There has been quite a bit of research that has been done in an attempt to prove whether diet is  linked to acne.  An obvious statement is that nutrition affects overall health and needs no additional support or further explanation; but is there a direct link to diet and acne production?  It is still under debate but, through some deductive reasoning, it is safe to say there is much evidence to support the claim that there is at least a correlation.  

There are several oral treatments one can take for acne which already implies that what you ingest can have an effect on your skin. Let’s use Accutane as an example which targets all four pathogenic factors of acne and is the most efficient in sebum suppression (this comes with a price due to the heavy side effects but has been proven very effective).  Accutane is made up of a retinoid that could be derived from the metabolism of Vitamin A which has been said to be found in small quantities naturally in the body.  Based on the proven fact that natural isomers of retinoic acid affect acne- essentially the molecules that signal to the body how to use the Vitamin A - we can make a connection between diet and acne.  Different sex hormones are also affected by diet which in turn has an affect on sebum production.  For instance, eating sugary foods especially before your period increases insulin levels. Insulin makes androgen hormones more active and stimulates the hormone that develops new tissue. This ultimately contributes to acne development by making skin cells grow more quickly and by boosting sebum production.

As we can see, Vitamin A clearly plays an essential role in skin’s health.  It is stored in the liver and in the sebaceous glands and helps with controlling how much or little the acne gene gets expressed.  Another factor we can use to determine the link is that dermatologists recommend taking all oral forms of Vitamin A with fatty foods for better absorption. It may not be a completely sound argument to say you can treat acne with diet but we can claim there is an influence for better or worse.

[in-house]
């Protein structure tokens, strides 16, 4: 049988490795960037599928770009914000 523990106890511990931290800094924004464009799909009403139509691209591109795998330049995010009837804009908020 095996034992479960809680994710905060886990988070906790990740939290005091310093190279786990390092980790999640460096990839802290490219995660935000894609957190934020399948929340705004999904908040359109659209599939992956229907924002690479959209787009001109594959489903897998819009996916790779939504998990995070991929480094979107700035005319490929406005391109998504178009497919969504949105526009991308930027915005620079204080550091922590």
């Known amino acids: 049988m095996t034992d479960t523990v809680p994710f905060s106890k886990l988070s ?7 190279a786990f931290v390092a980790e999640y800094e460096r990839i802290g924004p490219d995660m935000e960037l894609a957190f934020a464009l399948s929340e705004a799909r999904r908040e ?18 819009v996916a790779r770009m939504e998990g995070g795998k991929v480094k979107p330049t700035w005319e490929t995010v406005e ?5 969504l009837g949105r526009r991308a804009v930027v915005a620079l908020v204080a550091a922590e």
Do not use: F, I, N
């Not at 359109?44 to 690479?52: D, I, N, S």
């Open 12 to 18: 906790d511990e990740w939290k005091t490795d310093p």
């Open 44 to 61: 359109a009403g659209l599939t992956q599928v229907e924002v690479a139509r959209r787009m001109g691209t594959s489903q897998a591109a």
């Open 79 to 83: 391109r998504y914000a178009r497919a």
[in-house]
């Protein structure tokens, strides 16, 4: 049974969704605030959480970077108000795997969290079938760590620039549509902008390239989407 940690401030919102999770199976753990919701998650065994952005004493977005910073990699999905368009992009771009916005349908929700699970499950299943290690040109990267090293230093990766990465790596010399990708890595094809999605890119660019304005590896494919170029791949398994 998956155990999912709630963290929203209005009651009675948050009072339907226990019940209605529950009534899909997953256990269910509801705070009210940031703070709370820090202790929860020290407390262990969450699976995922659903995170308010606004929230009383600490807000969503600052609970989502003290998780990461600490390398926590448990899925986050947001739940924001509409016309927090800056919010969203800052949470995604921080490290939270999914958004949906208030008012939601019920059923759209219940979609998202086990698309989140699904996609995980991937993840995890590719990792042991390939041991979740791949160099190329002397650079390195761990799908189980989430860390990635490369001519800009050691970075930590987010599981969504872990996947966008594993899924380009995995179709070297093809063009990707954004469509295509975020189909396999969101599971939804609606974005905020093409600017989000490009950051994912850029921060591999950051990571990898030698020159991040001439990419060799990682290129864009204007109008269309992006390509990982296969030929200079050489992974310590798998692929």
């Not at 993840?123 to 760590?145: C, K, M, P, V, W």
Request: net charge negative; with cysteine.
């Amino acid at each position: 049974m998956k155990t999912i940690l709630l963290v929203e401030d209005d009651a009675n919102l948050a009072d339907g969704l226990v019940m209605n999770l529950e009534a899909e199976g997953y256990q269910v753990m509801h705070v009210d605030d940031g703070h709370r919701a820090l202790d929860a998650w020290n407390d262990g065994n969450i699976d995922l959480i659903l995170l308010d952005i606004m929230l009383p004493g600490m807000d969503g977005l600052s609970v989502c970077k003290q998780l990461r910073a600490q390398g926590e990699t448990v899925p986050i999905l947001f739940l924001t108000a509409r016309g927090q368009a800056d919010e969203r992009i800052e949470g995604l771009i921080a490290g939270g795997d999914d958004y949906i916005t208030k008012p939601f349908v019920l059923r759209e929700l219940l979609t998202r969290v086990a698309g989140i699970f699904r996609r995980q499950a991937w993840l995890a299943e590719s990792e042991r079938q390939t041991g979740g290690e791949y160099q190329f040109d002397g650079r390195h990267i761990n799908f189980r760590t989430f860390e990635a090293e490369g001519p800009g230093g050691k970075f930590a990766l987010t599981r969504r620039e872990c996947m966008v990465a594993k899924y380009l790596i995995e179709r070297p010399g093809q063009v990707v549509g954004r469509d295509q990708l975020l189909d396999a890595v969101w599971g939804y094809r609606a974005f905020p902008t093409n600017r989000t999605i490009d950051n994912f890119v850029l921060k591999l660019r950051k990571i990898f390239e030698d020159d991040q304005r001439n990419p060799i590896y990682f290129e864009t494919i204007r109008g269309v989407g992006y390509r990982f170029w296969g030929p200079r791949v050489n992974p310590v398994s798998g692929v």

Studies have proven that people who were given heavy lipids over a 12 week period showed less inflammation and skin irritation than those who were given the placebo which again would prove a link.  This doesn’t completely rule out any other factors therefore we can’t claim causation, unfortunately.  Studies have also shown that Western diets not only lack omega-3s [which help suppress the expression of acne] but are rich in carbohydrates and refined sugars [which help enable sebum production aka acne].  It is interesting because one might think that eating less fat will help reduce sebum production but it really comes down to the type of fat.  Foods like salmon and other seafood, avocados, almonds, fruits, and vegetables are anti-inflammatory rather than complex or refined carbohydrates which are pro-inflammatory. 

In conclusion if we are looking for the link between acne and diet we need to pay attention to carbs/sugar and omega- 3 intake.  Both of these dietary factors influence a variety of hormones and growth factors that influence sebaceous gland biology and production of sebum.  Beauty begins underneath- it’s not always about what we put ON our bodies but rather what we put IN our bodies.

Written by Allyson Welch

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